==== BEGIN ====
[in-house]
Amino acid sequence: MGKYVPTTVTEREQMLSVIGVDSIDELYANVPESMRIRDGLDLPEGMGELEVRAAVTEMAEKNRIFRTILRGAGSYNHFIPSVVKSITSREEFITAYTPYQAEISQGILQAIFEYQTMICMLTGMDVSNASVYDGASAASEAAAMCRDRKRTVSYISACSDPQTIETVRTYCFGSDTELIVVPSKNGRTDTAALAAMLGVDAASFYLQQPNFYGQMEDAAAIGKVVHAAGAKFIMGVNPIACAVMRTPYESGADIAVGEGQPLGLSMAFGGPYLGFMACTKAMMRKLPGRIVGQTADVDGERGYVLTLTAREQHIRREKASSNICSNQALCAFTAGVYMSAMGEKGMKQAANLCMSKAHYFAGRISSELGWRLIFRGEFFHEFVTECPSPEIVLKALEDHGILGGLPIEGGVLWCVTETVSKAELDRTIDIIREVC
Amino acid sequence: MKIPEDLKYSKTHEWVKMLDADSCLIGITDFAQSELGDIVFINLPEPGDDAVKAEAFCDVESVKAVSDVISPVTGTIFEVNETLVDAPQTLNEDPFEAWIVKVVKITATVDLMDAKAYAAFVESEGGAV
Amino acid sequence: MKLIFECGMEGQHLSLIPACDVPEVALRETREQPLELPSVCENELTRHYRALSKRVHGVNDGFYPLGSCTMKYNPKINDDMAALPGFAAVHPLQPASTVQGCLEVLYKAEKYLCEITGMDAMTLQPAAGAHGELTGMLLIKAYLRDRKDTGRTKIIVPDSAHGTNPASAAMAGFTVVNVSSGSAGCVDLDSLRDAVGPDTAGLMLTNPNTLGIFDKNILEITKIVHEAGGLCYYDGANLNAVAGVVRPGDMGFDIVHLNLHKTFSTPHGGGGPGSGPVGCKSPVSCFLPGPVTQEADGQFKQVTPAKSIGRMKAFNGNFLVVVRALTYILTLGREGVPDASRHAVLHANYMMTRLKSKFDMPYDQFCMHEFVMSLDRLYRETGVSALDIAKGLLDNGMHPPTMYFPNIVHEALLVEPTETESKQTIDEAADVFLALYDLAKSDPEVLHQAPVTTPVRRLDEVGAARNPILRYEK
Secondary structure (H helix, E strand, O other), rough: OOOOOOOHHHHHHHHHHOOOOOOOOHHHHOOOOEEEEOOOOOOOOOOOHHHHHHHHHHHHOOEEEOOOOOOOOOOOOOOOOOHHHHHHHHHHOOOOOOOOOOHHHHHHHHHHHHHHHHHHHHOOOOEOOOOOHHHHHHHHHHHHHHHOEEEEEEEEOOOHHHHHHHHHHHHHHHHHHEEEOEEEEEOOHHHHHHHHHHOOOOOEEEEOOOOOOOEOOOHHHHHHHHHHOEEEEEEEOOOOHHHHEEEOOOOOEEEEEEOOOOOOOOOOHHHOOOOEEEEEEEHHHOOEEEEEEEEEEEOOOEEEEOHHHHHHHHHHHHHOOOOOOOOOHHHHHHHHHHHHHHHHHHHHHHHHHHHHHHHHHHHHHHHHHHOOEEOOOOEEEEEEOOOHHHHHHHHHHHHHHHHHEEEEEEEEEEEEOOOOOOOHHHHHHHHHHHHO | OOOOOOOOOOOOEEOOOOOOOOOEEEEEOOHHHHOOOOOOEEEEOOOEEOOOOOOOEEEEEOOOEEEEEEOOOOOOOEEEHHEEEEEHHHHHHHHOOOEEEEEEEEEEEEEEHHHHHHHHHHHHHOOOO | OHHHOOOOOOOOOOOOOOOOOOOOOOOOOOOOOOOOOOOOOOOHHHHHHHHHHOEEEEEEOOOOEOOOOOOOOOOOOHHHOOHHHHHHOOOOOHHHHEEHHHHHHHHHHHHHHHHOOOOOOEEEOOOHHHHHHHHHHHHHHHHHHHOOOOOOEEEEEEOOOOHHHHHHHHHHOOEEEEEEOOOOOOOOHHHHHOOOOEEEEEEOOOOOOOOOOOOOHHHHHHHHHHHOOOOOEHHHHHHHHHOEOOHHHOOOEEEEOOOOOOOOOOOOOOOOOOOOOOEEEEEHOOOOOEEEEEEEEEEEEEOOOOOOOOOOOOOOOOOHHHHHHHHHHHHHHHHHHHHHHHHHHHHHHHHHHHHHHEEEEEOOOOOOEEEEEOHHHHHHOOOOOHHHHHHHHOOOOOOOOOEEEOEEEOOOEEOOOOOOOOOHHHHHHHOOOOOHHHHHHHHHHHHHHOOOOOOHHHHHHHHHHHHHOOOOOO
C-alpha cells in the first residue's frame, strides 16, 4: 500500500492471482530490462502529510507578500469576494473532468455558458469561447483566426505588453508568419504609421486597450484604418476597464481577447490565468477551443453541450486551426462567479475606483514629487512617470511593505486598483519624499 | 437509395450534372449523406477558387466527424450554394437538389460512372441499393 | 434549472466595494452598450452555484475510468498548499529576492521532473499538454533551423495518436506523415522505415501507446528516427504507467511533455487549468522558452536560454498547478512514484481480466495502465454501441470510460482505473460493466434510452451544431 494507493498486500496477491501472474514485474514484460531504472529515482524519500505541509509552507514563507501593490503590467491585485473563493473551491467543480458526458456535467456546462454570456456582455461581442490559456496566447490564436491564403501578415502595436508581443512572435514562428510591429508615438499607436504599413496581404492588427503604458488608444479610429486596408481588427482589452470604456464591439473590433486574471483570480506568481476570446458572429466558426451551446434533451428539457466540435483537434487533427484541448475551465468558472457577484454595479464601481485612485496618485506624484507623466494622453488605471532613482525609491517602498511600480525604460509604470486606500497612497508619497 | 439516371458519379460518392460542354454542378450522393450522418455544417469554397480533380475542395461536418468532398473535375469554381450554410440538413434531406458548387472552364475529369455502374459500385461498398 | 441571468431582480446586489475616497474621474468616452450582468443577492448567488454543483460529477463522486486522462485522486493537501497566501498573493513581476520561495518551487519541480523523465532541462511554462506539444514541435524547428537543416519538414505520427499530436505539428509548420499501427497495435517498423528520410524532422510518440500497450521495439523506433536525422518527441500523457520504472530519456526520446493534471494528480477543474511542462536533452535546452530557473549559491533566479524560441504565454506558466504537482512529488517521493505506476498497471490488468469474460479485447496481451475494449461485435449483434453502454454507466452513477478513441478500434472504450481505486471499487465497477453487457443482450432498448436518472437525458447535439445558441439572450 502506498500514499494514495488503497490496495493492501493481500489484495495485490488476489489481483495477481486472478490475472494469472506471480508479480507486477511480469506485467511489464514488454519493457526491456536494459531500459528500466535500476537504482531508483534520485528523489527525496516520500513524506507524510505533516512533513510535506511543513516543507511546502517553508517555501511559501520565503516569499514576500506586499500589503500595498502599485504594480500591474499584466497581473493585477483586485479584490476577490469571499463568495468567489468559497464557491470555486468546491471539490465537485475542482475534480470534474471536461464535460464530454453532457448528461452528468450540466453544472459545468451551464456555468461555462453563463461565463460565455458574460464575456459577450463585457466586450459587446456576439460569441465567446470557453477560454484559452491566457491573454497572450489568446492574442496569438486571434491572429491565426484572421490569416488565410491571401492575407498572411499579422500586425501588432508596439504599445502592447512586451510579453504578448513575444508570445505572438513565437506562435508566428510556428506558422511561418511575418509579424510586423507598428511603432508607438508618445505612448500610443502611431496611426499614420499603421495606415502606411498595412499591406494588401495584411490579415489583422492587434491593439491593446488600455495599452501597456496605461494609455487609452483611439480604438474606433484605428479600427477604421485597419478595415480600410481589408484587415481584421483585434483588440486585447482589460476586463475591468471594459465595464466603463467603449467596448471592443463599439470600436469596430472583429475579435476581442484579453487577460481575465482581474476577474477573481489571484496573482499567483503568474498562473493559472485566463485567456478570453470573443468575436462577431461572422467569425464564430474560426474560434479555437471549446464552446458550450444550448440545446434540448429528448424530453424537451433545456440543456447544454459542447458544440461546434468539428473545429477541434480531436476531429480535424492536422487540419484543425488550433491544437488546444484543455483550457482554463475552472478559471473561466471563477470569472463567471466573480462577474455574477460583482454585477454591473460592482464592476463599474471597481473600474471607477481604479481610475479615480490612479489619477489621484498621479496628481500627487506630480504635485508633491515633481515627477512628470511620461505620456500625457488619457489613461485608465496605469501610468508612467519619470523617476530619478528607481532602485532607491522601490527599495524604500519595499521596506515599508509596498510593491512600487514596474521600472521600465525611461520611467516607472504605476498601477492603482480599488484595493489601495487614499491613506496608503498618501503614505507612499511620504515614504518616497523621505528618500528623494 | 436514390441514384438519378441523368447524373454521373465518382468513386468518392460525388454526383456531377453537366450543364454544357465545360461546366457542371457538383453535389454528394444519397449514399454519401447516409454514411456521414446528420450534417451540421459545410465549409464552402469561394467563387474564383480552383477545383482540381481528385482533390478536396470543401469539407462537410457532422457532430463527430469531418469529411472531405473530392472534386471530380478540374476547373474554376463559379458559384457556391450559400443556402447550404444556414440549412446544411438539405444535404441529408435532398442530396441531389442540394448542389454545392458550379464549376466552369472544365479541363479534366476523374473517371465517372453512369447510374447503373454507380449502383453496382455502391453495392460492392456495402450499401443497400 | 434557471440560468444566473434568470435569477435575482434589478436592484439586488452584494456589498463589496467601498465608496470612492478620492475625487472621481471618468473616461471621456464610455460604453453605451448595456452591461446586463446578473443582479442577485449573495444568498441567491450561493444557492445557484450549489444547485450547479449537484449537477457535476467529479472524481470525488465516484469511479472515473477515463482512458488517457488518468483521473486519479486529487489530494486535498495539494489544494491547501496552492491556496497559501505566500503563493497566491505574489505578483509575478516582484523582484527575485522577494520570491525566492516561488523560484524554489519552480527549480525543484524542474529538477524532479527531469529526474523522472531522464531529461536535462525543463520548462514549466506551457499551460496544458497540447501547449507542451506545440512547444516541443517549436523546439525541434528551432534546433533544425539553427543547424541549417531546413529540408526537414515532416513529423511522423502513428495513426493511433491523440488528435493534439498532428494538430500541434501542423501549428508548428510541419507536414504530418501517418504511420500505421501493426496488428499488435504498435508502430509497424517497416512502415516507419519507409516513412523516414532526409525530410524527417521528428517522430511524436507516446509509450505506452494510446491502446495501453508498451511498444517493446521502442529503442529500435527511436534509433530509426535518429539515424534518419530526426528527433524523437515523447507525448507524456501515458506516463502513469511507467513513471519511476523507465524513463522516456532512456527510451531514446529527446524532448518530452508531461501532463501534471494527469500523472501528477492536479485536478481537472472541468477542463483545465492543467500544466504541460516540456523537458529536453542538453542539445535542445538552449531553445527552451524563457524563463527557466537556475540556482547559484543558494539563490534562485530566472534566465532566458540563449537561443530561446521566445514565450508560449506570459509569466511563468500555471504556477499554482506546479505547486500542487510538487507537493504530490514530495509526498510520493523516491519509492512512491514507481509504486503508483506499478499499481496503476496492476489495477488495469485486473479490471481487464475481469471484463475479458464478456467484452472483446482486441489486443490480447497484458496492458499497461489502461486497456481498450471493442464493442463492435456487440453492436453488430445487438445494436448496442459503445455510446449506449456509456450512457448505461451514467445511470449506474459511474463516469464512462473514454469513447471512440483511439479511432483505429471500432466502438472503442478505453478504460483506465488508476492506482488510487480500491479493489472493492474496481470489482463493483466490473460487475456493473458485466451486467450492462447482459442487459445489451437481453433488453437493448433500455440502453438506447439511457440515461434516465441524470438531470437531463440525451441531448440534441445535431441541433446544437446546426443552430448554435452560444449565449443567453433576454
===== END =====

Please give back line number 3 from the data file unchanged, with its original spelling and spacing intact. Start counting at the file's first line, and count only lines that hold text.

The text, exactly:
Amino acid sequence: MKIPEDLKYSKTHEWVKMLDADSCLIGITDFAQSELGDIVFINLPEPGDDAVKAEAFCDVESVKAVSDVISPVTGTIFEVNETLVDAPQTLNEDPFEAWIVKVVKITATVDLMDAKAYAAFVESEGGAV